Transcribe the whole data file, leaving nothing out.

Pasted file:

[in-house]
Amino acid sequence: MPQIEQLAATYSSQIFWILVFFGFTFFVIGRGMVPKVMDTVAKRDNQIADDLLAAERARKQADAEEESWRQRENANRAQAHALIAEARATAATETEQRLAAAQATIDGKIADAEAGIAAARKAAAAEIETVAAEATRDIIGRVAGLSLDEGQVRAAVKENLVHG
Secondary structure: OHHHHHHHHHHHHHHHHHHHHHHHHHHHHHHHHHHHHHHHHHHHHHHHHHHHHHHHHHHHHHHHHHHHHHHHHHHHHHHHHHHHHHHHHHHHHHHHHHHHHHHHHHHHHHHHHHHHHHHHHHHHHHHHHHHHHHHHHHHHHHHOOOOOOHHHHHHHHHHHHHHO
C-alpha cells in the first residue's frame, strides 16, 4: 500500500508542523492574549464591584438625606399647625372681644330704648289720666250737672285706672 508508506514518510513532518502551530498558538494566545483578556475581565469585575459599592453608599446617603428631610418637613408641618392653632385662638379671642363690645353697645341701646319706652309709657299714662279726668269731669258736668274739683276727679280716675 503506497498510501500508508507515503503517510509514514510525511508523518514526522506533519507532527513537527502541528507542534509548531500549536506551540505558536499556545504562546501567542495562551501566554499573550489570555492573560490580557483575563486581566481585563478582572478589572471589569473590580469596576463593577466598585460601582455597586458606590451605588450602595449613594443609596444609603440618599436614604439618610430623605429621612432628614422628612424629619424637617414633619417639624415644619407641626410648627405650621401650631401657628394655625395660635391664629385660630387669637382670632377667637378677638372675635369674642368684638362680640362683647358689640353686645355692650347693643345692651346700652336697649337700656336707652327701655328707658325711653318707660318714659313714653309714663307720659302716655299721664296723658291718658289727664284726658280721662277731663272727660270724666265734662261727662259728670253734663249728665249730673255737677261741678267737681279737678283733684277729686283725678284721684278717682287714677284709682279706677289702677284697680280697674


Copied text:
[in-house]
Amino acid sequence: MPQIEQLAATYSSQIFWILVFFGFTFFVIGRGMVPKVMDTVAKRDNQIADDLLAAERARKQADAEEESWRQRENANRAQAHALIAEARATAATETEQRLAAAQATIDGKIADAEAGIAAARKAAAAEIETVAAEATRDIIGRVAGLSLDEGQVRAAVKENLVHG
Secondary structure: OHHHHHHHHHHHHHHHHHHHHHHHHHHHHHHHHHHHHHHHHHHHHHHHHHHHHHHHHHHHHHHHHHHHHHHHHHHHHHHHHHHHHHHHHHHHHHHHHHHHHHHHHHHHHHHHHHHHHHHHHHHHHHHHHHHHHHHHHHHHHHHOOOOOOHHHHHHHHHHHHHHO
C-alpha cells in the first residue's frame, strides 16, 4: 500500500508542523492574549464591584438625606399647625372681644330704648289720666250737672285706672 508508506514518510513532518502551530498558538494566545483578556475581565469585575459599592453608599446617603428631610418637613408641618392653632385662638379671642363690645353697645341701646319706652309709657299714662279726668269731669258736668274739683276727679280716675 503506497498510501500508508507515503503517510509514514510525511508523518514526522506533519507532527513537527502541528507542534509548531500549536506551540505558536499556545504562546501567542495562551501566554499573550489570555492573560490580557483575563486581566481585563478582572478589572471589569473590580469596576463593577466598585460601582455597586458606590451605588450602595449613594443609596444609603440618599436614604439618610430623605429621612432628614422628612424629619424637617414633619417639624415644619407641626410648627405650621401650631401657628394655625395660635391664629385660630387669637382670632377667637378677638372675635369674642368684638362680640362683647358689640353686645355692650347693643345692651346700652336697649337700656336707652327701655328707658325711653318707660318714659313714653309714663307720659302716655299721664296723658291718658289727664284726658280721662277731663272727660270724666265734662261727662259728670253734663249728665249730673255737677261741678267737681279737678283733684277729686283725678284721684278717682287714677284709682279706677289702677284697680280697674